Anathem, by Neal Stephenson: A review.

Neal Stephenson has developed something of a reputation for writing novels which are both very long, and very erudite.

Anathem is something approaching an apotheosis of this - it is 937 pages long (very slightly longer than each of the individual volumes of the Baroque Cycle), and it is based, fundamentally, on themes of metaphysics, the long-term preservation of knowledge, and the nature of consciousness.

It is also a puzzle-book in many ways - the setting is a world similar to our own (to the extent that many of our philosophers and their conceptual developments exist in their history, albeit with different names), but in our relative future, where due to various world-destabilisating technologies (sorry, in the language of Abre, praxic devices) being made possible by the interaction of academics (avout), the avout have been confined to monastic cloisters, which operate on a very long time-scale. This is basically all I can tell you without giving you clues and hints about the rest of the novel - part of the point is that the reader learns the language of Arbre, and possibly brushes up on their philosophy and physics, whilst also uncovering the root of several mysteries about the world - including some which are hinted at very close to the beginning.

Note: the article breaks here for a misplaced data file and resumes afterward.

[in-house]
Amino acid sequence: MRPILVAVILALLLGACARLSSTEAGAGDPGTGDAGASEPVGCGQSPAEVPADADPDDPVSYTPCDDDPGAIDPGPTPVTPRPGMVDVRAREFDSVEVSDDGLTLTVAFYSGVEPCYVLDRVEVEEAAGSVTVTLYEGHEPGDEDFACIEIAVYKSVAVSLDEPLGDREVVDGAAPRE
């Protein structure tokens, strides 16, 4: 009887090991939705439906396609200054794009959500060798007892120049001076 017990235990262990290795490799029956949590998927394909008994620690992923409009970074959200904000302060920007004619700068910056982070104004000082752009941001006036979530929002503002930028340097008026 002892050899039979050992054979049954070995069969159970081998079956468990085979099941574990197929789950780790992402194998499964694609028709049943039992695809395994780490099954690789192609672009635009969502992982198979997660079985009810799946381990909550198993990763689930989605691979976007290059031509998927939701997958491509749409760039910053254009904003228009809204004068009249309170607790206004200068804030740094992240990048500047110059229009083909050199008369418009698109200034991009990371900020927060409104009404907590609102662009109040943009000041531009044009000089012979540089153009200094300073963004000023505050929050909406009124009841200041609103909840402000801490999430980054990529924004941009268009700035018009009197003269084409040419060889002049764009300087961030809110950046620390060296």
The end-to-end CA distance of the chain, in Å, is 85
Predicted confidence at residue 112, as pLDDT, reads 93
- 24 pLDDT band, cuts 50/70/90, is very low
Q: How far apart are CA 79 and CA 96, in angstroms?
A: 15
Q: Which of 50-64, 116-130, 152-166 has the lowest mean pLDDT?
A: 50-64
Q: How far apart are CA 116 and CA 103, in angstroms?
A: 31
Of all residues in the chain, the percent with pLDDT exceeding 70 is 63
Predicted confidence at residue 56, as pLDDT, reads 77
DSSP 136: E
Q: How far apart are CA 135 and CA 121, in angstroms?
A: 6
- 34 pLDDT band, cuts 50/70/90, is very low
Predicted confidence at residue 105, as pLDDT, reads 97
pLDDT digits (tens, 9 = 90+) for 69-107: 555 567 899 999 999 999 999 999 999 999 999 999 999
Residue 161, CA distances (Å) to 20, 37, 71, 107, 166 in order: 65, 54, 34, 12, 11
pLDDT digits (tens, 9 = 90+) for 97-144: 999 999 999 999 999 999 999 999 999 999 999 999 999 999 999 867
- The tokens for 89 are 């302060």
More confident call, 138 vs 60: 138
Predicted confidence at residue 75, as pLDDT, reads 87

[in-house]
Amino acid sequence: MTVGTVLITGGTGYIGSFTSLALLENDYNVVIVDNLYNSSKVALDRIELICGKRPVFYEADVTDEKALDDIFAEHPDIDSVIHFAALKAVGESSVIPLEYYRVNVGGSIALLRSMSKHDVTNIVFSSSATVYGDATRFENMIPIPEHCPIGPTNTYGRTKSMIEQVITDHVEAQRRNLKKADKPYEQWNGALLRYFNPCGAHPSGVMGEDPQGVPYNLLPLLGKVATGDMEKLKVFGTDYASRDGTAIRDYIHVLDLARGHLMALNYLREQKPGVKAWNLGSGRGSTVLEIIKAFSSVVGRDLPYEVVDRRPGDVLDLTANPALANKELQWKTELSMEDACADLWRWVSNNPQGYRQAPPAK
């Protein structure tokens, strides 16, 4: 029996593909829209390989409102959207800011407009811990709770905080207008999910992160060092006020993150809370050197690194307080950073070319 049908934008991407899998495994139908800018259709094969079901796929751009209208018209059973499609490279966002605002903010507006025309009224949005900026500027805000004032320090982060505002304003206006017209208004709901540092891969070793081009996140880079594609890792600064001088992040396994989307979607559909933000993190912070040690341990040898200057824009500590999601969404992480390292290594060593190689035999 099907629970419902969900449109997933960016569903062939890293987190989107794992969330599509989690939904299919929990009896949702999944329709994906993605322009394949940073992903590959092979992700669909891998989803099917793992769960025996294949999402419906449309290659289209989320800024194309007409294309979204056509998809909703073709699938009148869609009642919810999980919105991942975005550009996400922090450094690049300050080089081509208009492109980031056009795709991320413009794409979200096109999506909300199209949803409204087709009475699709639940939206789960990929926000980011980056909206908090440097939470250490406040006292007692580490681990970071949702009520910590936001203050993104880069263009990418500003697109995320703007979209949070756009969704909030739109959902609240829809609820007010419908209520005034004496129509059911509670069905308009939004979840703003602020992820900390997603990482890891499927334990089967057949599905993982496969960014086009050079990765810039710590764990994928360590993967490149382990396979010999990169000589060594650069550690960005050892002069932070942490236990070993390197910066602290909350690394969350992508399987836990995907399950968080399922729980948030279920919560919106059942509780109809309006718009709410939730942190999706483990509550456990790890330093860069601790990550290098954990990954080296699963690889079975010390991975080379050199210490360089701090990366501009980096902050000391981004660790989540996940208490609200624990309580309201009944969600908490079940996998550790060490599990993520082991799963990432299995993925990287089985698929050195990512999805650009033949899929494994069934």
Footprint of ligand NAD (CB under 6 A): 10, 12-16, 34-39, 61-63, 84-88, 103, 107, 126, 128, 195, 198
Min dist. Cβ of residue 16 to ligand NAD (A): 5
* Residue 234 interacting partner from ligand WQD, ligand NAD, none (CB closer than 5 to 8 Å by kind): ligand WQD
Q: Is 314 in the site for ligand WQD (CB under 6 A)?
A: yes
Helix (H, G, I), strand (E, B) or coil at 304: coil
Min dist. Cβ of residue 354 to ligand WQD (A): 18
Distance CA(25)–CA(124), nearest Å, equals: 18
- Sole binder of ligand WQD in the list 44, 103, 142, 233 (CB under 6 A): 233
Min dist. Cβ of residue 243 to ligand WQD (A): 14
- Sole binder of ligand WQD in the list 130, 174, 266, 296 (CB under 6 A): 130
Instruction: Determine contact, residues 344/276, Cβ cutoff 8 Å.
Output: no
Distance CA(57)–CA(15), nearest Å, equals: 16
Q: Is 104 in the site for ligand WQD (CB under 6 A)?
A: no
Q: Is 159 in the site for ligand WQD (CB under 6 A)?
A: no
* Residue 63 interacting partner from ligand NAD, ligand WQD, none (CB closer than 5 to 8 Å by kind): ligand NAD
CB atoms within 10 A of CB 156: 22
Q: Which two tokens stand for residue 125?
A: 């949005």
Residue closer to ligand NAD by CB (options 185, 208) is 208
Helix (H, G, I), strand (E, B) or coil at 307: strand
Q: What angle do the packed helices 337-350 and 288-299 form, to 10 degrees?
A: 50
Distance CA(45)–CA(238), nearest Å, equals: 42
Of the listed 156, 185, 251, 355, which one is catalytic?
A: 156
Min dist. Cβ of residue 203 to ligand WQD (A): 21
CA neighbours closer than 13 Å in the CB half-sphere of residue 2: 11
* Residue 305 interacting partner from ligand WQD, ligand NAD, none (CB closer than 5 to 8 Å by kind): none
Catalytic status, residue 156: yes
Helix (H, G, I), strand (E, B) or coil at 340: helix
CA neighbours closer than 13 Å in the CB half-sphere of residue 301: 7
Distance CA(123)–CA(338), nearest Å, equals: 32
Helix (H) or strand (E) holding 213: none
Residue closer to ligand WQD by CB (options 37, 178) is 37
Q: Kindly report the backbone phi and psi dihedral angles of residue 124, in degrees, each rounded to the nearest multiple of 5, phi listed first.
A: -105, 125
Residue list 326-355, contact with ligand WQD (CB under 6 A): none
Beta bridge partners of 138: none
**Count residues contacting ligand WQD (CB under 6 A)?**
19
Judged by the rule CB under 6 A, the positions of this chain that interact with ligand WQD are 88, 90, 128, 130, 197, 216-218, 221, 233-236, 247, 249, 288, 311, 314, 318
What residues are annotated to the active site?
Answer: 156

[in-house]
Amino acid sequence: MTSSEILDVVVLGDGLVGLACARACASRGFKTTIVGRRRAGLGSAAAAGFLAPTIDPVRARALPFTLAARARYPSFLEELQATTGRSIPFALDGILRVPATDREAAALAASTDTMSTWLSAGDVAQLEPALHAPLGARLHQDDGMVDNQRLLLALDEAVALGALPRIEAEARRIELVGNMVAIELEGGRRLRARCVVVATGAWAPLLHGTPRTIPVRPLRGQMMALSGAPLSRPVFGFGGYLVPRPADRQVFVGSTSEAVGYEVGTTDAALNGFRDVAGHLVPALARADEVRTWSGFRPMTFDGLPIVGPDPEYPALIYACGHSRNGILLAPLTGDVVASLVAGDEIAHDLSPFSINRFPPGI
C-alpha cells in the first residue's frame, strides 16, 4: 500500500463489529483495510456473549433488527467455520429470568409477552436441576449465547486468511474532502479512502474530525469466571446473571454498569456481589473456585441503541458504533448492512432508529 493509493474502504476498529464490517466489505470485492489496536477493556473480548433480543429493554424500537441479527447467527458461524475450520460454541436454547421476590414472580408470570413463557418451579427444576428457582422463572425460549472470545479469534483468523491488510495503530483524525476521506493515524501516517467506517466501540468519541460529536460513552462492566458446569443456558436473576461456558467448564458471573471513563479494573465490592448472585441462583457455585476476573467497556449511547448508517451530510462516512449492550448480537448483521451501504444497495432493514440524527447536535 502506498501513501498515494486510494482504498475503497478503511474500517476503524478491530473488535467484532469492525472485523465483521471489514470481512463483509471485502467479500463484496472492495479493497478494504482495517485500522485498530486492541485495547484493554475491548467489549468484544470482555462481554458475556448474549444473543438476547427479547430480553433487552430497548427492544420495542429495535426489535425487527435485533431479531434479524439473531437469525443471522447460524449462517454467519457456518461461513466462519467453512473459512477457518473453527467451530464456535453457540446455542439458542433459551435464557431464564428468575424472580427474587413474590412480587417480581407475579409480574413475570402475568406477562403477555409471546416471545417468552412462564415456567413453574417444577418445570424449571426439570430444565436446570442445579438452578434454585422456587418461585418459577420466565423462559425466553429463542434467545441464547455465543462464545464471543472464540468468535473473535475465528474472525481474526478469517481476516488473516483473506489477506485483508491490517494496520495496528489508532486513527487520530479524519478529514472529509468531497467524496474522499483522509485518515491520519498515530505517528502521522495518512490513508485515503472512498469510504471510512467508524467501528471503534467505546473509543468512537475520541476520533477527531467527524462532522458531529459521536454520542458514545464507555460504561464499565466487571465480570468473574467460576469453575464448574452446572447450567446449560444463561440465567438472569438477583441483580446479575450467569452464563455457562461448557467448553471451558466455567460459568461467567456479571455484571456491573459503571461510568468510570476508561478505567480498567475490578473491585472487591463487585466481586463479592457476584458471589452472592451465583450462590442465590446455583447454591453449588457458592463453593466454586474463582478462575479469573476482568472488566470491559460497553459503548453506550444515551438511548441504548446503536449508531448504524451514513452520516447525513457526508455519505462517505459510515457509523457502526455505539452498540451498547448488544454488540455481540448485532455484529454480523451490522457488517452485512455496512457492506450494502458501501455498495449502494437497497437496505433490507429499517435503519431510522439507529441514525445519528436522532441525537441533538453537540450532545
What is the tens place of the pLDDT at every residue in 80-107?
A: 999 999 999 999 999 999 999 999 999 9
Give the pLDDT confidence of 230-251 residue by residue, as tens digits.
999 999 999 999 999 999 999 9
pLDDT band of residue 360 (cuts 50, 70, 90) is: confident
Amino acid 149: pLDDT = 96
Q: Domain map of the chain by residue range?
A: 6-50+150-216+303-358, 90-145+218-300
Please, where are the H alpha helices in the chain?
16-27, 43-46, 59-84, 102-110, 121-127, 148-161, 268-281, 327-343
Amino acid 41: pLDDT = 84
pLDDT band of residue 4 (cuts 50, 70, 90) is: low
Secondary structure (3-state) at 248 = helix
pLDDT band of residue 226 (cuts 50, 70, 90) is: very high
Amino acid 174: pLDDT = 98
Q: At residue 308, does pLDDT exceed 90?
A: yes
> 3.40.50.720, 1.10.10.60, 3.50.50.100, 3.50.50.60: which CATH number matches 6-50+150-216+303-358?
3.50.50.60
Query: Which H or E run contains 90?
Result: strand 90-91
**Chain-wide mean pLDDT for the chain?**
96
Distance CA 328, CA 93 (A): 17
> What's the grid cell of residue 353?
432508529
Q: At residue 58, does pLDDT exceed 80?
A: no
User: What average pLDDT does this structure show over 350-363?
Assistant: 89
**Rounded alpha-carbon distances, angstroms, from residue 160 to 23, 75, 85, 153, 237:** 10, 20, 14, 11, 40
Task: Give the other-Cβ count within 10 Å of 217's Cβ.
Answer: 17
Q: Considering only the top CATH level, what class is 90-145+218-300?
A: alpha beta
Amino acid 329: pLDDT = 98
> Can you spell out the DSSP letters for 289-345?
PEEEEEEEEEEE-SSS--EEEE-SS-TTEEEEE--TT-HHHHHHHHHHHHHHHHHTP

One hint that I will make is to note that Neal finally justifies his stance as one of the few modern SF writers who don't seem to believe in the promise of Strong AI (this was an underlying theme of The Diamond Age, and even influences Cryptonomicon, The Baroque Cycle and Snow Crash), holding that there is something Special about human consciousness.

No book exists in a conceptual vacuum, and there are clear connections to A Canticle for Leibowitz, and possibly Gene Wolfe's Book of the New Sun and Book of the Long Sun sequences. Gene Wolfe probably writes better than Stephenson, but he is also trying to do a very different thing in his novels. M Miller Jr. was concerned with some similar points - both he and Stephenson are interested in the preservation of knowledge through collapse - but Stephenson is more cynical about humanity's tendency to reject knowledge through fear and (fundamentalist) religion, while Miller Jr, being Catholic, tries to present a position that religion is necessary for morality as much as science is necessary to advance knowledge.

Definitely worth reading, if you have the time and the intellectual energy for it. If you're anything like me, though, you'll wonder why you bother trying to write anything yourself afterwards (this is the mark of a great writer for me).

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